We used documents from the Illinois State Police to link standardized charges to UCR offenses. Unfortunately, there is sometimes ambiguity in the UCR mapping. For example, the statute citation of 720-5/21-1.2 maps to the UCR offense of "Criminal Damage to Property under $150 by means of fire or explosive" and also to the UCR offense "Institutional Vandalism."

If we had the arrest report or another source of details about the charged offense, we could tell whether the alleged crime included a fire or explosive. However, with the information in the clerk’s data, we cannot. In such cases, we have assigned the charge to the broader UCR offense, in this case, "Institutional Vandalism."

Additionally, the state legislature sometimes revises statutes, which changes the statutes mapped to a UCR category. To adapt for changes to the liquor control act and driving under the influence, we had to widen two categories and used the wider UCR offenses for "Driving Under the Influence of Alcohol" and "Illegal Possession of Alcohol by Minor."

Once we had a method for counting cases by charge, we needed to decide which cases to count. A person who is arrested for a felony typically has two cases associated with the arrest. They start with a case in a municipal division, where a judge holds a preliminary hearing of the police’s criminal complaint. At this hearing, the judge reviews the details of the arrest to determine whether the police had probable cause for the search and arrest and whether there is sufficient evidence to move forward. If the judge decides the case can move forward, the state’s attorney’s office will usually file its own charges, which will start a new case in the criminal division.

We needed to avoid double counting felony cases that have a municipal division and criminal division phase. To do this, if a criminal division case and municipal division case are associated with the same central booking number, a number unique to a single arrest, we only counted the criminal division case and did not count the municipal division case.

We further filtered the charges by only considering cases where the top charge is a felony or misdemeanor. This filters out cases in which the top offense is a quasi-criminal local ordinance violation, where a citation or ticket is issued, such as parking violations, public intoxication or noise violations. For rare cases where a top charge is amended and therefore not listed as a felony or misdemeanor, we calculated the most common type of each charge. For amended charges otherwise recorded as a felony or misdemeanor in over 50% of occurrences in our data, we considered that charge to be its most common type.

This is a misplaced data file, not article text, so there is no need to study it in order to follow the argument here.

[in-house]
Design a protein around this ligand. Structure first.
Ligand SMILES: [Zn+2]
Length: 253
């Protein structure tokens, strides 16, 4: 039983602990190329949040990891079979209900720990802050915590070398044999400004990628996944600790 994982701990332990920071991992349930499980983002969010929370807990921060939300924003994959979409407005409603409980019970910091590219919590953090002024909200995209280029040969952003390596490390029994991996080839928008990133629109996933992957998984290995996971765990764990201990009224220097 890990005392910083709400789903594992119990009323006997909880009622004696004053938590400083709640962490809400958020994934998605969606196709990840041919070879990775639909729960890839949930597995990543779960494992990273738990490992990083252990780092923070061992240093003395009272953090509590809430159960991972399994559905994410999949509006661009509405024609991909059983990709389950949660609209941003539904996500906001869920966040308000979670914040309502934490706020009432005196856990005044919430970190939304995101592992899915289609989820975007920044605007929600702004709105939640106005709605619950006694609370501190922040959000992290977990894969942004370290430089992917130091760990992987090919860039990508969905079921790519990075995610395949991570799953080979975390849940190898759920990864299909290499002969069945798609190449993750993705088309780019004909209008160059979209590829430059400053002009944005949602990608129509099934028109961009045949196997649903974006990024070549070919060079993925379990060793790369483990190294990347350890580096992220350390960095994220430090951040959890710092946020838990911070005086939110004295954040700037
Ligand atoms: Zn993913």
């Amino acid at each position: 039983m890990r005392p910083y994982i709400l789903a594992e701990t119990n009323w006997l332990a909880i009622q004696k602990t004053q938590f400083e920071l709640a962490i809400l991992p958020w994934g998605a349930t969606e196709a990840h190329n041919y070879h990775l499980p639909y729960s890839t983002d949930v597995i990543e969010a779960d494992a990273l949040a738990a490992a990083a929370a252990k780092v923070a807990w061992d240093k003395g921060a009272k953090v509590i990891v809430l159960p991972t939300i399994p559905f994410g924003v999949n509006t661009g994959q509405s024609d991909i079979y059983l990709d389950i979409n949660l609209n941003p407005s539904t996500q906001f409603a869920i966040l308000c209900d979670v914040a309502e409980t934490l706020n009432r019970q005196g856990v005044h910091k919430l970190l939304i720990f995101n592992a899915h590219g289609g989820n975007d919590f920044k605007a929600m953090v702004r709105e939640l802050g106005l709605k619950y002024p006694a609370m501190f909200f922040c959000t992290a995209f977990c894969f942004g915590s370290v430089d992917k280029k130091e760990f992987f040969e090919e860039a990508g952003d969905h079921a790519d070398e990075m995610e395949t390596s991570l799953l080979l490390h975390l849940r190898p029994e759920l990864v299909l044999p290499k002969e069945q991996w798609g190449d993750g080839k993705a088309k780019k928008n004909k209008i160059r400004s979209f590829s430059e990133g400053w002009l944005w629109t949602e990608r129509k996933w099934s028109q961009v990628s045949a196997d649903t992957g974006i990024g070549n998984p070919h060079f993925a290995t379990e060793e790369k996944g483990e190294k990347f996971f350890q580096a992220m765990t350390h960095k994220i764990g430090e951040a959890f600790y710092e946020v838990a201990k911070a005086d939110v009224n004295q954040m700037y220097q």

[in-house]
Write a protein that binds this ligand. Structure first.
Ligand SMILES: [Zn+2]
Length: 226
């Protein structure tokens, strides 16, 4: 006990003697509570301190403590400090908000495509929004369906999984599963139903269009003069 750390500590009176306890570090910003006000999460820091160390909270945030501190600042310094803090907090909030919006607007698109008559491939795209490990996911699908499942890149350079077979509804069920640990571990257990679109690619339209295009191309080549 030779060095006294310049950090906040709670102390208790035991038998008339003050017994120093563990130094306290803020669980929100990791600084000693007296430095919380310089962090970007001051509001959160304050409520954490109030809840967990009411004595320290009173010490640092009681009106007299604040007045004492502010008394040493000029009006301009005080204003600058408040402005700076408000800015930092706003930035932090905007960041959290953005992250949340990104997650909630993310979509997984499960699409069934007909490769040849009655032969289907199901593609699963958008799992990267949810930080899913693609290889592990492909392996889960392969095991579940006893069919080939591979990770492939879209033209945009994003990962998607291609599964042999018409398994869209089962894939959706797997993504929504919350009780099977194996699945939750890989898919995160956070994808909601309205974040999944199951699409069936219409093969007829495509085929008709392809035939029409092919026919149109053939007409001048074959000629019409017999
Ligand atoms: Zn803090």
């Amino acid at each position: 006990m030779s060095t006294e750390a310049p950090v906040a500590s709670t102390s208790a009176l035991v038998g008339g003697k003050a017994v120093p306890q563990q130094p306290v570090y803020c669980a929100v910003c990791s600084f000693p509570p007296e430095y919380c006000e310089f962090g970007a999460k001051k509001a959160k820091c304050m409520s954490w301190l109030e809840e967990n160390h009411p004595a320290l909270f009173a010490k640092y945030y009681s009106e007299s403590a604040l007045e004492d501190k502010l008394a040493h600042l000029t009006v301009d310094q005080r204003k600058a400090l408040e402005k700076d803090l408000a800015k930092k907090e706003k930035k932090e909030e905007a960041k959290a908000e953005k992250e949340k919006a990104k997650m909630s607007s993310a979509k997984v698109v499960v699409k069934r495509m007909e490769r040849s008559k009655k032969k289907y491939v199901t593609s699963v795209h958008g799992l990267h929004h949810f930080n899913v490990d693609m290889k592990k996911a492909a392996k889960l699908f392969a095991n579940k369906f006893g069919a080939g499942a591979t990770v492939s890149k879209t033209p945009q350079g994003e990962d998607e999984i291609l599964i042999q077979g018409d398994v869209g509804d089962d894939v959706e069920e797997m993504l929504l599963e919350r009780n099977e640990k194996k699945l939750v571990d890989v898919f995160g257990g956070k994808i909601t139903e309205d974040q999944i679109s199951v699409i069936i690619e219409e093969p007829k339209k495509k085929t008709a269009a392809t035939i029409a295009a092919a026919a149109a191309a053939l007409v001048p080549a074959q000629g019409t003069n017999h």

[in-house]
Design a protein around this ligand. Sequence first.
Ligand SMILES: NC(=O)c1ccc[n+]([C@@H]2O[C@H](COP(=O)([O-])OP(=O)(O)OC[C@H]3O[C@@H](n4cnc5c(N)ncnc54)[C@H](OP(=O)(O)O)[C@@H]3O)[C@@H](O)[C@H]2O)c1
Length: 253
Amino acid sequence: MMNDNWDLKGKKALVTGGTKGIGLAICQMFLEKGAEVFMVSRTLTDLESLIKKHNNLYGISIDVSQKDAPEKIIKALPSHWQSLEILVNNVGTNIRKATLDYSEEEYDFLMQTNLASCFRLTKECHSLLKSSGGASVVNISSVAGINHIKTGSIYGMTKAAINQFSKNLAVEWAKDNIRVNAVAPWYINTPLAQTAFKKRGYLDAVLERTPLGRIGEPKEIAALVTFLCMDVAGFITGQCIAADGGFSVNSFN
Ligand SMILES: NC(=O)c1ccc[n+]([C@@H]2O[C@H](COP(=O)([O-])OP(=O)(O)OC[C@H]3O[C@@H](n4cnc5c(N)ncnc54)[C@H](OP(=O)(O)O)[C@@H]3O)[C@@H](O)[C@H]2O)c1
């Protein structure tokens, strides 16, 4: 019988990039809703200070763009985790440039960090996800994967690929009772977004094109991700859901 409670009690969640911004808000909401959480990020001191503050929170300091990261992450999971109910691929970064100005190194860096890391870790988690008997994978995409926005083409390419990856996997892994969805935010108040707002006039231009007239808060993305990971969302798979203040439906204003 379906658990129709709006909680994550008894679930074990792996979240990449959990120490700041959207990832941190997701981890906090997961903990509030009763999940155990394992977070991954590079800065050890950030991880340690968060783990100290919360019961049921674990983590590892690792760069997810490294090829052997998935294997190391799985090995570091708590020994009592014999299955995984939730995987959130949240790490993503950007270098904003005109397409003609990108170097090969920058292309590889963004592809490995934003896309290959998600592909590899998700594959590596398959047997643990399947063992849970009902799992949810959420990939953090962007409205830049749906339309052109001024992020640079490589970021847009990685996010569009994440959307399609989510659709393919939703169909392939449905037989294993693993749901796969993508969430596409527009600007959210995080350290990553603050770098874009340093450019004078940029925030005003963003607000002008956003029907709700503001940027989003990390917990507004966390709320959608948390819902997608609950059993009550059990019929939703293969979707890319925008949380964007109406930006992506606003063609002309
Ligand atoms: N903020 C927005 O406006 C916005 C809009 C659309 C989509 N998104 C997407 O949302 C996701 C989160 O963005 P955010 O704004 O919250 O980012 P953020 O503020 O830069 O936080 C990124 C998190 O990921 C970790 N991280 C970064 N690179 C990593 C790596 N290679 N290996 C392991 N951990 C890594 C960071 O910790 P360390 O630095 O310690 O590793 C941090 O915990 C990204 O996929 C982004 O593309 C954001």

All data analysis for these visualizations is handled in pure SQL orchestrated by a series of Makefiles. We built a separate, reproducible analysis schema in the remote database with all calculations needed to power the visualizations, such as charge and category counts by year and month. The database is connected to our Gatsby frontend through Hasura, and data is pulled into the static site with GraphQL queries.

Methodology for Race, Ethnicity and Gender

We also had to do extensive work to match defendants in Cook County to their race, ethnicity, and gender.

While the Cook County Circuit Court data we obtained in 2019 contained the race and ethnicity of some defendants, we found the court data was, in many cases, either missing or inaccurate. Most notably, we discovered the courts changed how it categorized Latinx defendants. The courts at one point identified Latinx defendants as "Spanish American" and used differing labels, as well. Then in 2009, those labels for Latinx defendants all but disappeared. The reasons why remain unclear.

More than 90% of the cases have or can be matched to a record in the courts data with another record with race, ethnicity, and gender information. To resolve the problem of the missing and inaccurate data, we sought race and ethnicity data from the Cook County Sheriff's Office’s booking system, which collects race and ethnic information for defendants after arrests. We linked the race, ethnicity, and gender data in the booking system to the same defendants we found in the court’s records, enabling us to fill in and correct the data. This data, along with some other data cleanup measures, gives us a more accurate estimate of racial, ethnic, and gender breakdowns overall and allows us to assess how racial, ethnic, and gender groups are charged with crimes.